As the sun shines across London, glinting buildings reflect back an image of a world without mystery. Today more than ever we are ‘in the know’, aware of our surroundings, our abilities our outward perception. The secrets we once kept across our faces are now plastered across instagram, the darker side of life is now continuously bathed in an ungodly LED light. Beach House have consistently pushed against this in each of their last six studio albums and with new LP 7 now born unto the world, it is clear this is another celebration of the ambiguity of life.
Former Spaceman 3 comrade, Pete Kember, has replaced Chris Coady at the mixing desk for this effort, with Coady having taken charge of the previous six. But there’s no notable discrepancies beyond a few hard-edged sonic additions, to the luscious dream-like texture of Beach house. In fact this may be their most deeply immersive album yet.
Should we be surprised? The duo of Alex Scally and Victoria Lengard have been producing and cultivating this mesmeric ambiguity since their inception. Charting a course across a land less travelled they encouraged listeners to not only enjoy their art but really take a look at it. Explore the levels of compression between each layer and the effect that had on the final output.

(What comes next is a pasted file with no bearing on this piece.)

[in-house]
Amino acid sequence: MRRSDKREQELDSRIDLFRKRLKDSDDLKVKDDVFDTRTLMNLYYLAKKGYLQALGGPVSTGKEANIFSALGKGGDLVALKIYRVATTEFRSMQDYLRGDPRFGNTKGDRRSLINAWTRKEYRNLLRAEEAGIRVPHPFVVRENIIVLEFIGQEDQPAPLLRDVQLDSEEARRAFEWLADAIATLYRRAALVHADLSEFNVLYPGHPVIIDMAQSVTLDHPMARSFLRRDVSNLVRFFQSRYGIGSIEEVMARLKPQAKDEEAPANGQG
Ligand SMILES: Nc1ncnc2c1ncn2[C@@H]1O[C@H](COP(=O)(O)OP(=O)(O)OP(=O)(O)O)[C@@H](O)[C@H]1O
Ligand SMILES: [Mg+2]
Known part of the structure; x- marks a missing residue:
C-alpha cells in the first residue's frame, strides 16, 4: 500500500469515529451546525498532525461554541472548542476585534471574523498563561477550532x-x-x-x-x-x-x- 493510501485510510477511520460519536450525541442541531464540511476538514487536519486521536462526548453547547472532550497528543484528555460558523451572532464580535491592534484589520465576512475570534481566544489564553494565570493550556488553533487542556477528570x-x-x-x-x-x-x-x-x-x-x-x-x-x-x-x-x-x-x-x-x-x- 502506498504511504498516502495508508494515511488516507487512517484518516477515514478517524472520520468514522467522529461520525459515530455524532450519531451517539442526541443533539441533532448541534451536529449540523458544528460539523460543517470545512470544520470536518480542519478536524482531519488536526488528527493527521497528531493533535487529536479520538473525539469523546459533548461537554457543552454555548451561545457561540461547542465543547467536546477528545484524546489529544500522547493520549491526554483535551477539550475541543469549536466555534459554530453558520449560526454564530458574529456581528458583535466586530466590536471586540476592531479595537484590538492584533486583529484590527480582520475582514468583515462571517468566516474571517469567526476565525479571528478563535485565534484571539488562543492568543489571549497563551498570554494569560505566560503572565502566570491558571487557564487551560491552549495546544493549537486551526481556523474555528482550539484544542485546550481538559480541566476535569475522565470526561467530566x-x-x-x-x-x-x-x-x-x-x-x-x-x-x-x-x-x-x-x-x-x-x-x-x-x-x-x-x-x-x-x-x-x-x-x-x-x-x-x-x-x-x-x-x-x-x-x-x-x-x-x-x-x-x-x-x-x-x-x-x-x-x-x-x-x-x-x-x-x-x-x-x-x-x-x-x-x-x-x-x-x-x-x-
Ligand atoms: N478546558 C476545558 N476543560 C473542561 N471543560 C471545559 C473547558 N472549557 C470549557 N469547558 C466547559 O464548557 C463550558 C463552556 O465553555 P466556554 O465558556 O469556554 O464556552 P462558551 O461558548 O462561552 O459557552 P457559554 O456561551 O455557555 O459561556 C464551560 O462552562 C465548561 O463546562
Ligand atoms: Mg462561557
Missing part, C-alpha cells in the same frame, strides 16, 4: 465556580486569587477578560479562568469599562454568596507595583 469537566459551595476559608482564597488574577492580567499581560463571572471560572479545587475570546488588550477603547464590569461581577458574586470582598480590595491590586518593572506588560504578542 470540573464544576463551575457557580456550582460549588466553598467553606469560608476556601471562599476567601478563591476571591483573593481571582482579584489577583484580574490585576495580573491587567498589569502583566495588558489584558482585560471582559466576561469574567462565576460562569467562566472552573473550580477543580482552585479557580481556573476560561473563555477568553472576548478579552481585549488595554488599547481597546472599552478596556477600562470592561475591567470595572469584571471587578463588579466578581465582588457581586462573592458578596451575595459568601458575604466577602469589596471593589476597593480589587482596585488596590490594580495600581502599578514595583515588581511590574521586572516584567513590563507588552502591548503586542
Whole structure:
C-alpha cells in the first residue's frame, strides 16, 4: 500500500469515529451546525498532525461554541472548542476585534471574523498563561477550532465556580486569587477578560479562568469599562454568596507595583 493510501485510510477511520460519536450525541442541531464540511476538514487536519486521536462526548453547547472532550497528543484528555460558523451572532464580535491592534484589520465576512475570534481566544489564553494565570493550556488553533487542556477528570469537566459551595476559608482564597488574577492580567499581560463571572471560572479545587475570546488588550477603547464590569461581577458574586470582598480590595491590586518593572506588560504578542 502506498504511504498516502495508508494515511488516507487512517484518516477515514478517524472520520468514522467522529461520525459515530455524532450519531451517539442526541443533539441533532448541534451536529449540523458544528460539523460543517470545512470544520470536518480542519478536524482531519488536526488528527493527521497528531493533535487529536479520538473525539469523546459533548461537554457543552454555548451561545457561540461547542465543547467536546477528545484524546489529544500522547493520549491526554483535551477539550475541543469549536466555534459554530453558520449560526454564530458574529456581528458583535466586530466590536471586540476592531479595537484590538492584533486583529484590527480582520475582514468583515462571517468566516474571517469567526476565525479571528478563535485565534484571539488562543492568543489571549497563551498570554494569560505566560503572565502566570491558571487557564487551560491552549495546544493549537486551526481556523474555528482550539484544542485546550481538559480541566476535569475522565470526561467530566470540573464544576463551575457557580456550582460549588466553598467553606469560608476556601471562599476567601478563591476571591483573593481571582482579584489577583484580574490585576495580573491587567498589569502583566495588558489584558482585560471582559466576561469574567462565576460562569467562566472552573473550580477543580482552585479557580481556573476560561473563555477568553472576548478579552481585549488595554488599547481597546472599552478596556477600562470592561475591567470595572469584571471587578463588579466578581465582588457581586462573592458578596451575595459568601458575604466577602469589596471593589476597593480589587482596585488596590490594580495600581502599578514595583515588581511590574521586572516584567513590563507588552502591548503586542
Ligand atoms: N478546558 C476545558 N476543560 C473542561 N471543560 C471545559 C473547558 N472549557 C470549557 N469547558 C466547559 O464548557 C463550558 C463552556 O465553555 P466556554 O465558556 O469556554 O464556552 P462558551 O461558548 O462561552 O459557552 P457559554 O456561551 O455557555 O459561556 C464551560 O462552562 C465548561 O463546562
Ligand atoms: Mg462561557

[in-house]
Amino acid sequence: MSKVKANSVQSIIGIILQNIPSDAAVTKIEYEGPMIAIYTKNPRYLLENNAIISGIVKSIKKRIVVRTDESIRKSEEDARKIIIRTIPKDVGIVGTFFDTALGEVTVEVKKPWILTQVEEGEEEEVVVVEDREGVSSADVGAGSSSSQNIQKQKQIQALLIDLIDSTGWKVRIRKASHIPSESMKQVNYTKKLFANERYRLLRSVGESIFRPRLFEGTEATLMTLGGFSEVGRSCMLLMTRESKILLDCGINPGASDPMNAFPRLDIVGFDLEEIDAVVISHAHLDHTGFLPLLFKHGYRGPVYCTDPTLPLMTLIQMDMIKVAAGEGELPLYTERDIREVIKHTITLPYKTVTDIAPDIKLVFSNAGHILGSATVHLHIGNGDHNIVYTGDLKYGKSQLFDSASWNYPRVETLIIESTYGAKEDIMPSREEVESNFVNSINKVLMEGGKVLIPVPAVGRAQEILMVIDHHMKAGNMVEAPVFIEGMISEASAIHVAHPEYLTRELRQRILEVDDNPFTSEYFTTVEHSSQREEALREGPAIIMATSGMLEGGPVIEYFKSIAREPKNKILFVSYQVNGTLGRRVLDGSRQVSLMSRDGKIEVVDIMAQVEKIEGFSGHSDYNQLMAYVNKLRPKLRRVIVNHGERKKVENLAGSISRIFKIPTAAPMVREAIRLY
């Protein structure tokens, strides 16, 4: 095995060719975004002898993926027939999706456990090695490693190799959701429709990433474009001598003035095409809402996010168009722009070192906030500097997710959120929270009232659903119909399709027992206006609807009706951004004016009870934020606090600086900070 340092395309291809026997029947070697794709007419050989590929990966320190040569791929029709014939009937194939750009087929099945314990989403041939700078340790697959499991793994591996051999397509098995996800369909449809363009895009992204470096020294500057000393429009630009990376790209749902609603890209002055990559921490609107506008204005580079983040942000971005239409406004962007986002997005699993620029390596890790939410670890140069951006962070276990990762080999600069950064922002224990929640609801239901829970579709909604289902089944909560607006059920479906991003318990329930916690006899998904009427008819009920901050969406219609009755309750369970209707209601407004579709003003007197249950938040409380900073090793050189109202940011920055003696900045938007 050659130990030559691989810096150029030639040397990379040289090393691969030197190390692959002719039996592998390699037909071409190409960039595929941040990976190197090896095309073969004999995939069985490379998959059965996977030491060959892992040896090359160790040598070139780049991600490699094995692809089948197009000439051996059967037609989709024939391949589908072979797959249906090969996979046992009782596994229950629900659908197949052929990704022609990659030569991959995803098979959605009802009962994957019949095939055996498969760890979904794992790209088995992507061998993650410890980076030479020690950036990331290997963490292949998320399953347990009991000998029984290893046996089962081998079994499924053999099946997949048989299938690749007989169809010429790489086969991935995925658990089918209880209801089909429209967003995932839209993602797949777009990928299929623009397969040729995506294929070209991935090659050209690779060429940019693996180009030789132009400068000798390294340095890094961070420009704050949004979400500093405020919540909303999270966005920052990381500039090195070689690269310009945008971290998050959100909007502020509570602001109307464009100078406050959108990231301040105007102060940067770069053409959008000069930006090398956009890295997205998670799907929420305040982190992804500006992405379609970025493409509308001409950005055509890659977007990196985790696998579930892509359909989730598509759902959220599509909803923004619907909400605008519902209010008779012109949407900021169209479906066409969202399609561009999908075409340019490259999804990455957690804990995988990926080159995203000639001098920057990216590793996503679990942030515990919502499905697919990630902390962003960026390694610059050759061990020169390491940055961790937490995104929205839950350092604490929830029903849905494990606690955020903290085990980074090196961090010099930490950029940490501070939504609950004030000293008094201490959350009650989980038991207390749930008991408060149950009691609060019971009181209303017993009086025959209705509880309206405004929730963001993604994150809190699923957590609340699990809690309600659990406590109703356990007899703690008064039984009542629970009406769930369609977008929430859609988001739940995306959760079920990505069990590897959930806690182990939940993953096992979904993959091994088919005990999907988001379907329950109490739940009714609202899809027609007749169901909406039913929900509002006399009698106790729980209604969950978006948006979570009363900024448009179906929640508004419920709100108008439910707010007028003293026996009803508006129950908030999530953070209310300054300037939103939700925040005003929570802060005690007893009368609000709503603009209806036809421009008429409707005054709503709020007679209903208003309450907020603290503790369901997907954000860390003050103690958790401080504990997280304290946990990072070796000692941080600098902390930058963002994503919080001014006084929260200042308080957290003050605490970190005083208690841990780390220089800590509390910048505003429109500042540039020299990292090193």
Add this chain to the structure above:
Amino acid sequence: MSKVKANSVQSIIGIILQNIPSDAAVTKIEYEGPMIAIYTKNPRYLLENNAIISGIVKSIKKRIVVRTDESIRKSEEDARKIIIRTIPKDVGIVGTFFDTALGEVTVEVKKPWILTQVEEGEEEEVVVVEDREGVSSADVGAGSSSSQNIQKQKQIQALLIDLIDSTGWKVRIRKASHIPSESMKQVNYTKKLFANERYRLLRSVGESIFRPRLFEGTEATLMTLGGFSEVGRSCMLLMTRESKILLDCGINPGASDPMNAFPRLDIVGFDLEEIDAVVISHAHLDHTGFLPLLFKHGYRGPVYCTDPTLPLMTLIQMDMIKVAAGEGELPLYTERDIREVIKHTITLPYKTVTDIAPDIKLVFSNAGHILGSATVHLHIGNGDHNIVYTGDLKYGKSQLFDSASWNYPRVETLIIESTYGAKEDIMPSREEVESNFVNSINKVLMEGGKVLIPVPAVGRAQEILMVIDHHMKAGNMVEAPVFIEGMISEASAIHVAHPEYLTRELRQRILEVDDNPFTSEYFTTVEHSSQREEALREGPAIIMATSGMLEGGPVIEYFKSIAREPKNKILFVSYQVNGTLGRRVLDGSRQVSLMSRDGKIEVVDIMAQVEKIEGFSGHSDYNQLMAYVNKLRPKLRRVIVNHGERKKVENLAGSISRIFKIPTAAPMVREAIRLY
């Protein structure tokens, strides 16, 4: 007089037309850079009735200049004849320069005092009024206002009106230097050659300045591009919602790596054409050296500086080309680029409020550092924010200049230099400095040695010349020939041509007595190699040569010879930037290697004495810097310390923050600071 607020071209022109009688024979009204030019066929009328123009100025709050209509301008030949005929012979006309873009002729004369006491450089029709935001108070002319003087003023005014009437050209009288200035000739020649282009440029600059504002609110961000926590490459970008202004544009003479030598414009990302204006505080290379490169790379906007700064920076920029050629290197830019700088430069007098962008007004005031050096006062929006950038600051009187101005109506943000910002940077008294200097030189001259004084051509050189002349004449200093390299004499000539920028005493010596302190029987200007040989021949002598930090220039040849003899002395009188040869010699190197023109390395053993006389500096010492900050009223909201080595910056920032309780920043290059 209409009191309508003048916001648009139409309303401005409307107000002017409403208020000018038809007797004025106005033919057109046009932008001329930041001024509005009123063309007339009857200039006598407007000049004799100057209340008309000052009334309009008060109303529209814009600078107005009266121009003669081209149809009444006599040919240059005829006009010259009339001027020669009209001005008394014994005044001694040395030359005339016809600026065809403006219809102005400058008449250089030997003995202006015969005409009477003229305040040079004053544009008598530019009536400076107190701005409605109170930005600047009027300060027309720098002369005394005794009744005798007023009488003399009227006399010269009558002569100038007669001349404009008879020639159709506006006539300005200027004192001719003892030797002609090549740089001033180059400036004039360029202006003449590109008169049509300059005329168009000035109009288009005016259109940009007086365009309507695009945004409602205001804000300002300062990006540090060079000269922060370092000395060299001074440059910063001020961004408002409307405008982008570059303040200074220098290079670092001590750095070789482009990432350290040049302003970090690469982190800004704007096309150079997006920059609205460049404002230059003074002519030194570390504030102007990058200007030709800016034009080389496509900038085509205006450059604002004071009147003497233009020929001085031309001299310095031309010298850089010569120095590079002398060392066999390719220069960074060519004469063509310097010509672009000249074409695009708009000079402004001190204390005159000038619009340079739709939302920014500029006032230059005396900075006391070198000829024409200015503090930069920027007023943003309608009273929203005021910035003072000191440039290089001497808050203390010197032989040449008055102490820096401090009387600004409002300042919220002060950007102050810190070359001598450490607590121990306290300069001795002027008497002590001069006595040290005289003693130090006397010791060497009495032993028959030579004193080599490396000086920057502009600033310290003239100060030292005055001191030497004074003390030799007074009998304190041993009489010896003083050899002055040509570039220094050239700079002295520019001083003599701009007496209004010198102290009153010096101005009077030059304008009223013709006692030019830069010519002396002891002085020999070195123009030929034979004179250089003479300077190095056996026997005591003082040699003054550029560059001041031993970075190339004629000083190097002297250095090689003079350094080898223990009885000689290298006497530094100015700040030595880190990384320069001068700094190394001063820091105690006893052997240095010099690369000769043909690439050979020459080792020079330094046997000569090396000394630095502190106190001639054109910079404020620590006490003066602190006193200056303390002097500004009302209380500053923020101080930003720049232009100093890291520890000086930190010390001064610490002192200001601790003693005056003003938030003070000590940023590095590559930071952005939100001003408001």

It was shown in this album too, with the album title of their seventh album 7 being seemingly a no-brainer, upon closer inspection there were a couple of notable interest. They released the first single of this LP on February 14th, or 14/2 or 1+4+2=7, the 11 songs on this album brings their output to 77 while the record initial issue number was 777.
It could all seem a bit nerdy if at the heart of this intrigue and complexity there wasn’t a pure and unbridled desire to drift away with the music. And that is the key point across the band’s whole catalogue, but especially in this record; Beach House aren’t keen to take you along the path to where their music resides, they want you to go to your own place within it.
Whether it is the thump and thud of ‘Dive’ and ‘Drunk in LA’ or the ethereal spectre of ‘Pay No Mind’ Scally and Lengard manage to let you channel your own interpretation of their tracks. Whether you see them as all encompassing walls of sound or rather an insular and contorting personal battle, the songs themselves are never dictated but merely presented.
The duo have found new heights and depths on this record letting it breathe as if a living thing. Lengard in particular makes this record something to hang her hat on. Choosing moments to fill every inch of the airwaves and others to let them be filled by the listener’s imagination. It’s an incredible performance.
In totality, which is how every Beach House album begs to be defined, the album works beyond the usual parameters of a record. It drives and repeals, it peaks and troughs and it inspires and creates. It is an album which will surely define Beach House, if not only for the fact it lets the listener define it for themselves.